Film Review: Jasper Jones

by Lachlan Anderson

Rated M. Starring Levi Miller, Aaron L. McGrath, Angourie Rice. Directed by Rachel Perkins.

2009’s multi award winning Australian novel Jasper Jones by Craig Silvey was always destined for a big screen portrayal. Since its release the book has become a favourite of English teachers across the country and it has even been called Australia’s To Kill A Mockingbird. Director Rachel Perkins has guided the adaptation, which hits screens this week.

Thirteen year-old Charlie Bucktin (Miller) lives in the rural town of Corrigan, Western Australia during the sixties. One night the bookish Charlie is visited by Jasper Jones (McGrath), a half Aboriginal boy who everyone in town believes is bad news. When Jasper brings Charlie to a dead body in the bush, both boys know they have to solve the mystery. Charlie has to hide his secret for fear that Jasper will be blamed, all whilst his feelings for the girl’s sister Eliza (Rice) grow more romantic and his parents marriage also begins to come apart.

The comparison to To Kill a Mockingbird is fairly straightforward. This is a story about youth in the oppressiveness of an adult’s world. The young actors more than pull their weight among a cast that includes big stars like Hugo Weaving and Toni Collette, and Angourie Rice follows her great turn in The Nice Guys with a restrained and focused performance.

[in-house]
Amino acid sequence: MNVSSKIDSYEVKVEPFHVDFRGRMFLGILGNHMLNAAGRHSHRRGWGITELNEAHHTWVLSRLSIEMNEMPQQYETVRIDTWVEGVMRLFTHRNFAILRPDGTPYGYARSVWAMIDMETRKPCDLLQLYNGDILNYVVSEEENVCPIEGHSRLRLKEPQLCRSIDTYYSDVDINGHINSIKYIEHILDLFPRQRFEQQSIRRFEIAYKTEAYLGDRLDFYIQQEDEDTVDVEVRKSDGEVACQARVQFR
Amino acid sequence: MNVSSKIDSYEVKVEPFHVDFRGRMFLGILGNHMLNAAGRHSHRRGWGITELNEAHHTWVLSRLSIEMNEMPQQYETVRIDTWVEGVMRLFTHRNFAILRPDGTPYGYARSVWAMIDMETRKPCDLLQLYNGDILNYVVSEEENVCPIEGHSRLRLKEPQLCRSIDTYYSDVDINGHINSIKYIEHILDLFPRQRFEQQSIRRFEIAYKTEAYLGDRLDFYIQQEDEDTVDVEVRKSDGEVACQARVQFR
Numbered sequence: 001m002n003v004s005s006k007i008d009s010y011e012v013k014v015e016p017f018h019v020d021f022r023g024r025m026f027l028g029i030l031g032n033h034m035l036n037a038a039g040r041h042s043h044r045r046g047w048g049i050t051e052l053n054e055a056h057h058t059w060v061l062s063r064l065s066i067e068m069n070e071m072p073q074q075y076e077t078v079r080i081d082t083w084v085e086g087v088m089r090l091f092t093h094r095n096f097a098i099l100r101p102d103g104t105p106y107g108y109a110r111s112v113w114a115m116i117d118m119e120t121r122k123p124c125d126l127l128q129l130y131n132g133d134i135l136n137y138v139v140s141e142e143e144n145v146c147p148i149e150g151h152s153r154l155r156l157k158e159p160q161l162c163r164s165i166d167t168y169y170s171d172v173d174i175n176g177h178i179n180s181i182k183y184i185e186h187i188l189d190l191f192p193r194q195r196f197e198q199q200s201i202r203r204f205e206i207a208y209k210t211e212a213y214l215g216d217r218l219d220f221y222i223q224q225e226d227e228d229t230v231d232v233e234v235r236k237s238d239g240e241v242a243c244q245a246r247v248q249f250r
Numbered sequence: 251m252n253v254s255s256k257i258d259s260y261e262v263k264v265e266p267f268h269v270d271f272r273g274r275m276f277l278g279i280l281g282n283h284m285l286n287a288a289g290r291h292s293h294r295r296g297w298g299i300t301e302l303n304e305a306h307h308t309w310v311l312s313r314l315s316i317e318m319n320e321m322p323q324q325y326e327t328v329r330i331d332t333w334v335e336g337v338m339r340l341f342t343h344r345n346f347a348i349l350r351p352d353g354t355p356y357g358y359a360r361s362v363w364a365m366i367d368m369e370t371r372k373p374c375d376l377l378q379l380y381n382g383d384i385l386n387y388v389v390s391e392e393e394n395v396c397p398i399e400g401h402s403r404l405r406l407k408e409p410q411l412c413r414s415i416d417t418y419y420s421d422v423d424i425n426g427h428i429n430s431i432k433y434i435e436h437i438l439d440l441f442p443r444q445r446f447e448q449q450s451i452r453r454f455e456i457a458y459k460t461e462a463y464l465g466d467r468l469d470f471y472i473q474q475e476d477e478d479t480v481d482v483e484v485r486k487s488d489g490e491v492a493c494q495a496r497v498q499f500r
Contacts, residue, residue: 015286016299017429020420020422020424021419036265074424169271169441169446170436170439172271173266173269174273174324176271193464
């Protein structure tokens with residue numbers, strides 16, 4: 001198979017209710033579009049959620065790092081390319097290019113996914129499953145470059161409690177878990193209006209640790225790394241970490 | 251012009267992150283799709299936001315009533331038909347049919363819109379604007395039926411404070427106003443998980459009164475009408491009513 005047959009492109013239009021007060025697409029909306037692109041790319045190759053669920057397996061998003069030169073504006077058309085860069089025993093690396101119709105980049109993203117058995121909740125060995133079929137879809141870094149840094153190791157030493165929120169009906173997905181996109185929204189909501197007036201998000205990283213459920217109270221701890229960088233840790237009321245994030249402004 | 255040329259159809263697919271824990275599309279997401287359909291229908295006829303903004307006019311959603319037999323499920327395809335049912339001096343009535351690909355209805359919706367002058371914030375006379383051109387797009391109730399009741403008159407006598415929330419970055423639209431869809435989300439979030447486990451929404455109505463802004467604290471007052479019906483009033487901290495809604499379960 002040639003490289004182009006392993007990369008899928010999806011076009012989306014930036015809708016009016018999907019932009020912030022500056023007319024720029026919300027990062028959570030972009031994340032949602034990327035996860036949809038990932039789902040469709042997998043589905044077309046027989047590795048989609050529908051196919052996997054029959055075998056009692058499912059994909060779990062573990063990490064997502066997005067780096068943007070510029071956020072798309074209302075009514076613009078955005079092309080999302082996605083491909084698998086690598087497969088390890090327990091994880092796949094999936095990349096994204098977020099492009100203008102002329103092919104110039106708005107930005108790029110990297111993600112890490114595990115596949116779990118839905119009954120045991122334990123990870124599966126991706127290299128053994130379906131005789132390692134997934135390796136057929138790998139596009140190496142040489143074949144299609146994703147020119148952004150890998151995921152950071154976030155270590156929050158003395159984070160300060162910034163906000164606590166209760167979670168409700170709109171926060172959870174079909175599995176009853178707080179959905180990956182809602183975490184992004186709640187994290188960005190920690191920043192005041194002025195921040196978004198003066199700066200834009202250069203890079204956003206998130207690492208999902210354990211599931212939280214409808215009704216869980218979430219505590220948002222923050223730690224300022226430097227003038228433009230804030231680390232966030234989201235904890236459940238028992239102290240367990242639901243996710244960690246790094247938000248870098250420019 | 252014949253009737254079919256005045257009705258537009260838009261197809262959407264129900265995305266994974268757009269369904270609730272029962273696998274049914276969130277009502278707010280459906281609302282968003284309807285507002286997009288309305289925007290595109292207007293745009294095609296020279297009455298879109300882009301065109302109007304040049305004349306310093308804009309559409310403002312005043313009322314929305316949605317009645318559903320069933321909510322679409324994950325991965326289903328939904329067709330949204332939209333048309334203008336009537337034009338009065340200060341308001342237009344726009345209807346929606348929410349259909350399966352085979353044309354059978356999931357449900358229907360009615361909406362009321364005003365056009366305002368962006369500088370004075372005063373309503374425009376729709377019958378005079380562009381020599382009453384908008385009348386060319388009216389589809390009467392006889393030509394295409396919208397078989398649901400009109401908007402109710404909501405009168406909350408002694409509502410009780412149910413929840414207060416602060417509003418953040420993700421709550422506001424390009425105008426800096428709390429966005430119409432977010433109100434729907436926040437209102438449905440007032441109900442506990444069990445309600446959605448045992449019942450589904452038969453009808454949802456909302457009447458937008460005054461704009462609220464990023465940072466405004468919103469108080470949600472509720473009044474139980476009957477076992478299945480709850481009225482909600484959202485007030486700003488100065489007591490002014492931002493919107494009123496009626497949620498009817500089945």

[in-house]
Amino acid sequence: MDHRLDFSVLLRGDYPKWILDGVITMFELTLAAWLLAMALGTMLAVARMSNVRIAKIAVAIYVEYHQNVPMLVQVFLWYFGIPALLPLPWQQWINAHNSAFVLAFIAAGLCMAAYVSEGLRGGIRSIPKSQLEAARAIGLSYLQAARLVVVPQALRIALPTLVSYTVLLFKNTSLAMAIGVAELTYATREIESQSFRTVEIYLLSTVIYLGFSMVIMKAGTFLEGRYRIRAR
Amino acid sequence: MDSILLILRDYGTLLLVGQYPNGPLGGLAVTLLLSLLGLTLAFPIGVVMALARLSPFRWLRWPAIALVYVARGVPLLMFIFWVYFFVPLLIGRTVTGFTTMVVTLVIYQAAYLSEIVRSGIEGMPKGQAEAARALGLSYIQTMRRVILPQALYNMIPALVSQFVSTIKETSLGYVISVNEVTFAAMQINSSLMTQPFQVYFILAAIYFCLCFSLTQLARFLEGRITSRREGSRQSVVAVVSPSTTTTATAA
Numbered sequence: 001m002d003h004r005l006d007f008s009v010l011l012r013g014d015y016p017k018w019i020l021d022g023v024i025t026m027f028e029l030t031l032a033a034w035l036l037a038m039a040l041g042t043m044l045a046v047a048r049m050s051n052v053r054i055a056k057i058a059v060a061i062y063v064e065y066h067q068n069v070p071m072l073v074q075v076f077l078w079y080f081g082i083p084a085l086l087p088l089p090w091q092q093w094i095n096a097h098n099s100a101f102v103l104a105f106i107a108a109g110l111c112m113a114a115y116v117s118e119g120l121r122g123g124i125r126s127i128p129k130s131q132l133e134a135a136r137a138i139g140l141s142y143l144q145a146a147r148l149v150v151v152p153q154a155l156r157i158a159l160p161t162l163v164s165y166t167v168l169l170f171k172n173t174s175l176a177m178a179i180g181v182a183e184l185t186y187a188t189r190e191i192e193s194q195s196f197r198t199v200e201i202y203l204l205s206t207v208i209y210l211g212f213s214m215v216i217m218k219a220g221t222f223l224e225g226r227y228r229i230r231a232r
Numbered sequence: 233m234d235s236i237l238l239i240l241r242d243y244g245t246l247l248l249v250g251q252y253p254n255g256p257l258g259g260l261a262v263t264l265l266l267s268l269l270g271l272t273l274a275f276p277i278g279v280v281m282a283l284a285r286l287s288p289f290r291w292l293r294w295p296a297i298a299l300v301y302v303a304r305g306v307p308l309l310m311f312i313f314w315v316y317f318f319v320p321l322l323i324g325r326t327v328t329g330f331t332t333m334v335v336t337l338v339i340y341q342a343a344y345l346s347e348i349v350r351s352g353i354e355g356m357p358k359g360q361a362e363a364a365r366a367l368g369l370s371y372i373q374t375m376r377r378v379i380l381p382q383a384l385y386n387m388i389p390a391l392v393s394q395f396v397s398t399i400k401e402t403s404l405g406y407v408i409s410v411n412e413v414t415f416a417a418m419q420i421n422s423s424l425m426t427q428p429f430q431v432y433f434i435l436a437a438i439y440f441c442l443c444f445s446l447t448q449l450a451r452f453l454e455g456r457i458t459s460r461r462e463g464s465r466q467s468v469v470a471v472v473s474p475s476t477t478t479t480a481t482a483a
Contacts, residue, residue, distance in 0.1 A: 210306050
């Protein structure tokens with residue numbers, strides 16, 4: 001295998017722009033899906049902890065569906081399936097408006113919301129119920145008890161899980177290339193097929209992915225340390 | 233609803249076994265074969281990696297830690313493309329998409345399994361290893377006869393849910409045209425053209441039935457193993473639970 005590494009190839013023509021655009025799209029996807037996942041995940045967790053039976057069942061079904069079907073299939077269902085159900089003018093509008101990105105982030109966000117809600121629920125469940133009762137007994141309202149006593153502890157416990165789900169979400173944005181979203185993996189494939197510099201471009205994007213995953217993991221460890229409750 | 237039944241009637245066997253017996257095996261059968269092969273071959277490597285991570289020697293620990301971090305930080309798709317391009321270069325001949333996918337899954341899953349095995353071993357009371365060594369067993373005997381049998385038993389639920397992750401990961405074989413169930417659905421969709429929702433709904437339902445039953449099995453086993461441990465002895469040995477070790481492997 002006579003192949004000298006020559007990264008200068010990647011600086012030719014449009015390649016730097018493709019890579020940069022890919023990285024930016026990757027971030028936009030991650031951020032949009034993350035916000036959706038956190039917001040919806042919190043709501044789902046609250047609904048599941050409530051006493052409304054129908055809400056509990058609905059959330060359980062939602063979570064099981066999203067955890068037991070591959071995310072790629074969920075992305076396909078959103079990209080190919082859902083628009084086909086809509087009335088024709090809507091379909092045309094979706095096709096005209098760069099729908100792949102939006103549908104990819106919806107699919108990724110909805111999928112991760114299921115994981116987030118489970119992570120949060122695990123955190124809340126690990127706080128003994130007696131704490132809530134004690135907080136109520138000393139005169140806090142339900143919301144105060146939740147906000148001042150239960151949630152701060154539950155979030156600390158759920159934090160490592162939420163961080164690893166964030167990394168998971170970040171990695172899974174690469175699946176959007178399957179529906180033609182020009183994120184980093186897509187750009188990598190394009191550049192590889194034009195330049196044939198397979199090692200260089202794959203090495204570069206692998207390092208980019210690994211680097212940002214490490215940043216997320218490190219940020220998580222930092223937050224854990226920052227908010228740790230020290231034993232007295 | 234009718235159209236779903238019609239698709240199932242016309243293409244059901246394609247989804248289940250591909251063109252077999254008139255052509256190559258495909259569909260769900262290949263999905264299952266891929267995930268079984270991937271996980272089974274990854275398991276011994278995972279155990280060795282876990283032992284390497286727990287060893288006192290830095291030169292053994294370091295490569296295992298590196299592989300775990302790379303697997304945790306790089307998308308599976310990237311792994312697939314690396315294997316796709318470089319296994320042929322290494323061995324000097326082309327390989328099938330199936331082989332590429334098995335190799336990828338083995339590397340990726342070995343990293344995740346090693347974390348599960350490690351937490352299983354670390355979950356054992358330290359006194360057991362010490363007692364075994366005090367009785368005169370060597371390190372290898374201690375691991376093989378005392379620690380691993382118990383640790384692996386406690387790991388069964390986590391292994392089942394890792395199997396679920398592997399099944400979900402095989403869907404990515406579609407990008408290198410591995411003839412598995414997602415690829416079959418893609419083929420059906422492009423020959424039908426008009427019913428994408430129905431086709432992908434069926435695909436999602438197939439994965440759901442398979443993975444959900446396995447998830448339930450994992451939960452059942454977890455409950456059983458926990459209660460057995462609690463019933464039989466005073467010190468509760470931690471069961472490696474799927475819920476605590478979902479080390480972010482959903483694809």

The film has many things going for it, great acting and some genuinely great laughs at times amongst the more depressing content. But what lets the film down is that it doesn’t it all hold together. It’s clear that it’s adapted from a book and so the peripheral content tends to get sidelined or cut out completely. In particular, the deeply tense racial background to the story. Negative sentiments toward Indigenous Australians and Asian migrants during the Vietnam War are present on screen at times, but are never really drawn out or inspected, as more time is needed to solve a murder and help Charlie progress into adulthood. It is a coming of age story after all.

Like Harper Lee’s seminal novel, Jasper Jones explores the ills of society, particularly in that 60s era, but the darker sides of Corrigan are much like our modern society. So in many ways it would be easy to side ourselves with Charlie, Eliza or Jasper. We of course also sit in the other camp though. Charlie stands out from the others in his town and it is because of this that he is trusted by Jasper and ultimately why he can “survive” the harsh living that Corrigan represents. Similarly the Christian, whilst not perfect, should be trying to stand out from the crowd in the way we live, so that we would be good witnesses to those around us.

The Verdict: A mostly enjoyable film that highlights some great young Australian talent and retains a youthful energy. Too many loose threads let the movie down though, so it can never really live up to the American classic it so clearly is modelled on. 3/5

Jasper Jones is in Australian cinemas now.

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